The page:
Disease Transmission

Written by Ann Pietrangelo
Medically Reviewed by George Krucik, MD, MBA on May 30, 2013

Disease Transmission Overview

Infectious diseases are those that are transmitted from person to person by direct or indirect contact. Viruses, bacteria, parasites, and fungi all cause infectious disease. Malaria, measles, and respiratory illnesses are examples of infectious diseases. 

Simple preventative measures, like frequent hand washing, can cut down on disease transmission.

Direct Contact

Infectious diseases are often spread through direct contact. 

Person-to-Person Contact

Infectious diseases are most commonly transmitted through direct person-to-person contact. Transmission occurs when an infected person touches or exchanges body fluids with someone else. This can happen before a person is aware that they are ill. Respiratory illnesses and sexually transmitted diseases (STDs) are some of the diseases that can be transmitted this way.

Pregnant women can also transmit some infectious diseases to their unborn children via the placenta. Some STDs, including gonorrhea, can be passed from mother to baby during childbirth.  

Droplet Spread

The spray of droplets during coughing and sneezing can spread infectious disease. You can even infect another person through the droplets created when you speak. Droplets fall to the ground within a few feet, so this type of transmission requires close proximity.

Indirect Contact

Infectious diseases can also be spread indirectly through the air and other mechanisms.

Airborne Transmission

Some infectious agents can travel long distances and remain suspended in the air for an extended period of time. You can catch a disease like measles by entering a room well after someone with measles has departed.

Contaminated Objects

Some organisms can live on objects for a short time. If you touch an object, such as a doorknob, soon after an infected person, you are exposed to infection. Transmission occurs when you touch your mouth, nose, or eyes before thoroughly washing your hands.

Germs can also be spread through contaminated blood products and medical supplies.

Insect Bites (Vector-borne Disease)

Some infectious agents are transmitted by insects, especially those that suck blood. These include mosquitos, fleas, and ticks. The insects become infected when they feed on infected hosts, such as birds, animals, and humans. The disease is then transmitted when the insect bites a new host. Malaria, West Nile virus (WNV), and Lyme disease are all spread this way.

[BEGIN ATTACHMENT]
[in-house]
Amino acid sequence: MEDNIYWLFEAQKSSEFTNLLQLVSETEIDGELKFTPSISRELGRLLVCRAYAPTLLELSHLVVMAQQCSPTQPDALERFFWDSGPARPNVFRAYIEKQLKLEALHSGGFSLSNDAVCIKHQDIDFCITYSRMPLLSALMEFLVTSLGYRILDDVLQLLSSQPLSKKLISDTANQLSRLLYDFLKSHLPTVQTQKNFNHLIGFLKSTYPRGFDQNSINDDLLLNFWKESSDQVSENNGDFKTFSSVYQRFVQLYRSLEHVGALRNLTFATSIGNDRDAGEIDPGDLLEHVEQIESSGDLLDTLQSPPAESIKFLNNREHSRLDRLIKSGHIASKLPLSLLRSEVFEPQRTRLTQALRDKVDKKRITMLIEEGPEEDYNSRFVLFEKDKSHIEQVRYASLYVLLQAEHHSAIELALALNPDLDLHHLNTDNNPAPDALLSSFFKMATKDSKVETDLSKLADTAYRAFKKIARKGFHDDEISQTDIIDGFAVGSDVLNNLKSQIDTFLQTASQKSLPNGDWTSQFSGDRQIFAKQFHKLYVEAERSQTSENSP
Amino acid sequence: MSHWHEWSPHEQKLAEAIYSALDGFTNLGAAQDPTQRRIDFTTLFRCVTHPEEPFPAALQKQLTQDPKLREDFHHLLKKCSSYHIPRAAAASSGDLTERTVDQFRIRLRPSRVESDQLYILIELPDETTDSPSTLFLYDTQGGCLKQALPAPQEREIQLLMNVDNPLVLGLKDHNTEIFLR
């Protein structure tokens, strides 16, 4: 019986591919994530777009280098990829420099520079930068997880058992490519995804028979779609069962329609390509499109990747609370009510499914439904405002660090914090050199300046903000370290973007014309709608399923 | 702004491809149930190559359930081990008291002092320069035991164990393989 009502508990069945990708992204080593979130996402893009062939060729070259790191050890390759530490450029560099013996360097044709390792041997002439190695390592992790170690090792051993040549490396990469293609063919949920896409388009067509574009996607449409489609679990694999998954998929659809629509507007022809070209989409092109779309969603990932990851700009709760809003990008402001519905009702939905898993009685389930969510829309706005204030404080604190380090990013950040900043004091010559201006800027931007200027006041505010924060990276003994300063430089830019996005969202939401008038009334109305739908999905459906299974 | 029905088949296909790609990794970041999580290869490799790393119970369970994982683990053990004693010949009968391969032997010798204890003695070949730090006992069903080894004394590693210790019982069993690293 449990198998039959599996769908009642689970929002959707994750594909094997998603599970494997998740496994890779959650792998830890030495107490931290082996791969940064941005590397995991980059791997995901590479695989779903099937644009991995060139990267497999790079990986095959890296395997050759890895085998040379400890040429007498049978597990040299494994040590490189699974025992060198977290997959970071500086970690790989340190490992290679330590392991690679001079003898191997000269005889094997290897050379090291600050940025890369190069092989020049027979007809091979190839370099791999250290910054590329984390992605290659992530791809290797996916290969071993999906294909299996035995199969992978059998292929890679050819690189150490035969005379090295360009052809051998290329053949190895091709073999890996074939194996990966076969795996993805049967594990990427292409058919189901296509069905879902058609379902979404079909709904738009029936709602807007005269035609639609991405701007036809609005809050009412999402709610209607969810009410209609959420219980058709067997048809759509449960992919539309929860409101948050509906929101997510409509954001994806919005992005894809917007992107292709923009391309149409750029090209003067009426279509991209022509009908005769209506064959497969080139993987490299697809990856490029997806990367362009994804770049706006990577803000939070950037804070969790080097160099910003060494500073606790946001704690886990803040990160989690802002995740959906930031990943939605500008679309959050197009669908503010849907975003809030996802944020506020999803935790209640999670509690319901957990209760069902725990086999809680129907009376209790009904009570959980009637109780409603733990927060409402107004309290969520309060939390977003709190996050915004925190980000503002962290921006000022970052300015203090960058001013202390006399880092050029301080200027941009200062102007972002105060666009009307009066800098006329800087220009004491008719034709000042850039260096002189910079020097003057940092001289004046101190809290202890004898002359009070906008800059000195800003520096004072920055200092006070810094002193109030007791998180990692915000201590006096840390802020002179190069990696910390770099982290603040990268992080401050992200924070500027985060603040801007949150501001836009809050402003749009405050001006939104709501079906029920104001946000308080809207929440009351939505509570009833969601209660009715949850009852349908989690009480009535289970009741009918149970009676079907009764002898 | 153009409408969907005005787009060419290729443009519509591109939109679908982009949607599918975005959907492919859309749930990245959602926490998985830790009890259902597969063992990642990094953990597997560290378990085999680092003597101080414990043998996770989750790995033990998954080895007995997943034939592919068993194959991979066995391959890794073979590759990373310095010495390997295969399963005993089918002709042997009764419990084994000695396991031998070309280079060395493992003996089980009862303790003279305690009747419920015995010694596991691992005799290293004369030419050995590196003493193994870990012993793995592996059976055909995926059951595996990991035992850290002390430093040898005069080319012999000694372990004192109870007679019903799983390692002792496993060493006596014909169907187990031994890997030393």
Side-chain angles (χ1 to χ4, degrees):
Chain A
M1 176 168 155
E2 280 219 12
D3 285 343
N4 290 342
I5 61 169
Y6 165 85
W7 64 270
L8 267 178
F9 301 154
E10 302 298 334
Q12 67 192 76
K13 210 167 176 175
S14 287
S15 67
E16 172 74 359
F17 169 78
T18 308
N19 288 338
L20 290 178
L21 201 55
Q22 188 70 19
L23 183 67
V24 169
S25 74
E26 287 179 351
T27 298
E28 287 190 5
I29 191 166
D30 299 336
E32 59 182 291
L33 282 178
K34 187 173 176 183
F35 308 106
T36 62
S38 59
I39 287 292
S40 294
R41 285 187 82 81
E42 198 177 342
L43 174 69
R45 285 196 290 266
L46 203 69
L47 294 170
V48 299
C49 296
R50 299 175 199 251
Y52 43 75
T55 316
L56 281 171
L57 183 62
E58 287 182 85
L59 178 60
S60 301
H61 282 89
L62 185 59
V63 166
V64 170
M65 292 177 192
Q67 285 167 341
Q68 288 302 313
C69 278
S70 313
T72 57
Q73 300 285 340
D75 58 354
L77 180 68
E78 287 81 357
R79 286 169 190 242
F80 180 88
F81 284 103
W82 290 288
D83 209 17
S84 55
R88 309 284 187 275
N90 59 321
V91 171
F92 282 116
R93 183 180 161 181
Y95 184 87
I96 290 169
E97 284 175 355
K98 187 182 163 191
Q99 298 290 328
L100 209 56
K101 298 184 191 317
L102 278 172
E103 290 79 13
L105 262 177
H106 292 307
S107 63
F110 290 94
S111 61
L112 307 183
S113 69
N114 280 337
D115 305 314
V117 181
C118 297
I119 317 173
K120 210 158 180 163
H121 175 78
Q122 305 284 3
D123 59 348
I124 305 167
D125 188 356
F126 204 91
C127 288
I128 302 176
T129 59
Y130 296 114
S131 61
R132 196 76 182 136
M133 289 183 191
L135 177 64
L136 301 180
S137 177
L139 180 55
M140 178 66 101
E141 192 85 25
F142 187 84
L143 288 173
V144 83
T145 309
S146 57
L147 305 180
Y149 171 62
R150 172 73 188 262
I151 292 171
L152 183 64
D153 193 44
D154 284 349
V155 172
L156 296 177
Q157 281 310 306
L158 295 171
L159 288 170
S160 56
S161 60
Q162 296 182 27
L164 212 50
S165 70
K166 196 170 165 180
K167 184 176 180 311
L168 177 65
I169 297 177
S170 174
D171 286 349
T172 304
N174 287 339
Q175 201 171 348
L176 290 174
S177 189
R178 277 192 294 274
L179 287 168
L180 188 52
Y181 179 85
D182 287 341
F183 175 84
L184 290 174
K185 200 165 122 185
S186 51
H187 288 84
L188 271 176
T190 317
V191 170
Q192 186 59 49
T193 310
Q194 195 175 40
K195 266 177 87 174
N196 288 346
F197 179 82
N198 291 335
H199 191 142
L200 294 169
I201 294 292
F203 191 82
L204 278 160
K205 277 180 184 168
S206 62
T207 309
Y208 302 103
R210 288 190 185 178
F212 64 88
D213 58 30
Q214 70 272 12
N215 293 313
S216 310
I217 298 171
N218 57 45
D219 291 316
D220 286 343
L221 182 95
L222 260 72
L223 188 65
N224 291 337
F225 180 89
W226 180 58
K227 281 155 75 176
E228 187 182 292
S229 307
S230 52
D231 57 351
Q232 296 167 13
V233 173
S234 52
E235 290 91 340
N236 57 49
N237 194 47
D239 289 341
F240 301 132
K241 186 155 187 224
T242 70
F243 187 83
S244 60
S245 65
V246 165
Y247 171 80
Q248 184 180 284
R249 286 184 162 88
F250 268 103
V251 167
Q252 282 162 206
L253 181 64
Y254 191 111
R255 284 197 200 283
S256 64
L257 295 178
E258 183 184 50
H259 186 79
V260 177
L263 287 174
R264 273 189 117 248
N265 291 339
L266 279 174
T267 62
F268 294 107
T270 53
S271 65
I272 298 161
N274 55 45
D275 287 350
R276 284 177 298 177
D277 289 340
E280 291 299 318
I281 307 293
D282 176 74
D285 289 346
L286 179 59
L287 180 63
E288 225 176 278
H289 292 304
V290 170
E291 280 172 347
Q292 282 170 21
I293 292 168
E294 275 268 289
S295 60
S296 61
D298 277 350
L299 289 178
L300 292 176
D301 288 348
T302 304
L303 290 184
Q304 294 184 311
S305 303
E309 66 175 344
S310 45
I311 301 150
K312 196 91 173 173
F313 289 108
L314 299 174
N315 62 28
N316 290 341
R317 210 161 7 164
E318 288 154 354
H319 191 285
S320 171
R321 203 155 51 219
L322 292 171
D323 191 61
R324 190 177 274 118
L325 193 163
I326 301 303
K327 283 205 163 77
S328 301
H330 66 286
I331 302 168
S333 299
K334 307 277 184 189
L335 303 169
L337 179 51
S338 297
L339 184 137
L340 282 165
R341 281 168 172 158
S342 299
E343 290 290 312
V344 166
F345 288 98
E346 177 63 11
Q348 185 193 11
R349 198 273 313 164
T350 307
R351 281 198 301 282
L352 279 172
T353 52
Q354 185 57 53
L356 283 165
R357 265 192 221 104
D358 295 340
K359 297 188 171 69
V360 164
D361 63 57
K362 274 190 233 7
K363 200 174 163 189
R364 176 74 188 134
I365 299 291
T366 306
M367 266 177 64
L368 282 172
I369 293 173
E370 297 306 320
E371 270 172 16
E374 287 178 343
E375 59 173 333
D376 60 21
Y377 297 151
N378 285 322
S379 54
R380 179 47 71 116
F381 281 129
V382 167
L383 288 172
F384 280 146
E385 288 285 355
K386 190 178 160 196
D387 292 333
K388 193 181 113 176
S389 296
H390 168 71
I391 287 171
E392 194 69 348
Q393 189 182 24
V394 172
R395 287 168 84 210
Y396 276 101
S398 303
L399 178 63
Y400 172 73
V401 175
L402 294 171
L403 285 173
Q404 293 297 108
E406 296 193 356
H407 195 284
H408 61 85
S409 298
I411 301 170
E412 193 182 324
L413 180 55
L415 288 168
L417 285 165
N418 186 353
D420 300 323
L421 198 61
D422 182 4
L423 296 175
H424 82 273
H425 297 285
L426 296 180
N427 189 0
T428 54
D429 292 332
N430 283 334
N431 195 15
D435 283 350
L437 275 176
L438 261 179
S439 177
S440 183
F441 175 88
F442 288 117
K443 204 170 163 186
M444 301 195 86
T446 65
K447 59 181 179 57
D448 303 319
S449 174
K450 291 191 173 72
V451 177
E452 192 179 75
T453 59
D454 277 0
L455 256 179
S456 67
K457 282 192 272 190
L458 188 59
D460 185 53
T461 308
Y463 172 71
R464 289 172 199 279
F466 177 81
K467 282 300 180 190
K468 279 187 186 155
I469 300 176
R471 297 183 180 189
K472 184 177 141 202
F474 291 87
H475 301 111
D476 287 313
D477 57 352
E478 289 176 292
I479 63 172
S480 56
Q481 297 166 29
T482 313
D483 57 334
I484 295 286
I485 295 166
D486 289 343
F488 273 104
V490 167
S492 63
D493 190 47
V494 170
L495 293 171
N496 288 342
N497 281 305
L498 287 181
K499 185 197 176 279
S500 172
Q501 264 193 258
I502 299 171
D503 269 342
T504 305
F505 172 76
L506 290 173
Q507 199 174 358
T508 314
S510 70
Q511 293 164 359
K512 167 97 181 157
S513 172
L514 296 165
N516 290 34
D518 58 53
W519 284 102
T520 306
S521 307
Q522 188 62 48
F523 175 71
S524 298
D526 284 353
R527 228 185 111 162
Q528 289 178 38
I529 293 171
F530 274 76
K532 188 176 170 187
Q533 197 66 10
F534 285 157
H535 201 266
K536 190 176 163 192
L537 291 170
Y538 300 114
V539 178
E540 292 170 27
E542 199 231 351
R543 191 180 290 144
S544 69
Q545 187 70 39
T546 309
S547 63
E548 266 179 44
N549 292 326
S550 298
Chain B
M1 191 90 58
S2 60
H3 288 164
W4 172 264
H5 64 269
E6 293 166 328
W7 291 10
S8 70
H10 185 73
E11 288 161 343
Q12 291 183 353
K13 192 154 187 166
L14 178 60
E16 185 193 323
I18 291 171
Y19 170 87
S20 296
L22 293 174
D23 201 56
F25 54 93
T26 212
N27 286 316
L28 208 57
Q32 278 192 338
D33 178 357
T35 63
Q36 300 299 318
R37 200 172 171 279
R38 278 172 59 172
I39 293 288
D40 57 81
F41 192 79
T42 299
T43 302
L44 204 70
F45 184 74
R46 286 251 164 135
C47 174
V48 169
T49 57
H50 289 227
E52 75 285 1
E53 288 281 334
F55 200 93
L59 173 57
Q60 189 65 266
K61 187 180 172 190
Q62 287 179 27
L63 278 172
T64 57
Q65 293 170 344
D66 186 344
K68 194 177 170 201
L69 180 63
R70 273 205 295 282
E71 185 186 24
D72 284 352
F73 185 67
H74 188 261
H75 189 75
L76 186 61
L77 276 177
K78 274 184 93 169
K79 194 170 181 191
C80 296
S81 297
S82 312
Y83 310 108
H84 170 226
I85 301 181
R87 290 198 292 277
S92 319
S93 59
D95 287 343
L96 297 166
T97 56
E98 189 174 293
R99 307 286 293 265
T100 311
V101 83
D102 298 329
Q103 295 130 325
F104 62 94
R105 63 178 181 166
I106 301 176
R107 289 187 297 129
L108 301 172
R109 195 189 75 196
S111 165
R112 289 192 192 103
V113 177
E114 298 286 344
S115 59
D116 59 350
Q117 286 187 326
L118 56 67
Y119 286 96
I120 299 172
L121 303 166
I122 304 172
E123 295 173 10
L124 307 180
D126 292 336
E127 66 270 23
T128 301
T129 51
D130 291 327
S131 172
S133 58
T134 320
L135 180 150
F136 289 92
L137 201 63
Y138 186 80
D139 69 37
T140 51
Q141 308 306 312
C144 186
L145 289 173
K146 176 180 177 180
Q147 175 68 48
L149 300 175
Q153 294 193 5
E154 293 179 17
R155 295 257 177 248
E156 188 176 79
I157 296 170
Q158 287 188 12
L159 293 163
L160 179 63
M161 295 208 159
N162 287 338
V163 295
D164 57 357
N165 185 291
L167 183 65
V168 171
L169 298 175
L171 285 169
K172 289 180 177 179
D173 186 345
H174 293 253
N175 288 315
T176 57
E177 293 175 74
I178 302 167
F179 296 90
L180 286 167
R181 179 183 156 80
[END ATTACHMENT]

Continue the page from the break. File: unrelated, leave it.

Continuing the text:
Food and Drinking Water

Infectious diseases can be transmitted via contaminated food and water. E. coli is often transmitted through improperly handled produce or undercooked meat. Improperly canned foods can create an environment ripe for Clostridium botulinum, which causes botulism. 

Animal-to-Person Contact

Some infectious diseases can be transmitted from an animal to a person. This can happen when an infected animal bites or scratches you, or when you handle animal waste. The Toxoplasma parasite can be found in cat feces. Pregnant women and people with compromised immune systems should take extra care (disposable gloves and good hand washing) when changing cat litter, or avoid it altogether.

Animal Reservoirs

Animal-to-animal disease transmission can sometimes transfer to humans. Zoonosis occurs when diseases are transferred from vertebrate animals to people. Zoonotic diseases include anthrax (from sheep), rabies (from rodents and other mammals), and WNV (from birds). Plague is transmitted through rodents.

Environmental Reservoirs

Soil, water, and vegetation containing infectious organisms can also be transferred to people. Hookworm, for example, is transmitted through contaminated soil. According to the United States Centers for Disease Control and Prevention (CDC), Legionnaires’ disease is an example of a disease that can be spread by water that supplies cooling towers and evaporative condensers (CDC, 2013).

How to Prevent Disease Transmission

A few simple precautions can prevent some disease transmission. The most important of these is to wash your hands thoroughly and often.


When you have a contagious illness, try to avoid direct contact with other people. Cover your nose and mouth when you sneeze and cough. When caring for an ill person, use disposable gloves and wash your hands frequently. 

Foodborne Illness

Dangerous organisms can thrive in improperly prepared food. Avoid cross-contamination by keeping raw meats and produce separate. Use different preparation surfaces and wash surfaces and utensils thoroughly. 

Freeze or refrigerate perishable foods and leftovers promptly. According to the United States Department of Agriculture (USDA), you should set your refrigerator to 40°F or below and your freezer to 0°F or below. Cook meats to a minimum internal temperature of 145°F. Cook ground meats to 160°F and poultry to 165°F (USDA, 2011).

Be careful about sources of food when visiting foreign countries.

Insects and Animals

When camping or enjoying wooded areas, wear long pants and long sleeves. Use insect repellent and mosquito netting. Don't touch animals in the wild.


Stay up to date on vaccinations, especially when traveling. Don't forget to keep your pet's vaccinations current, too.

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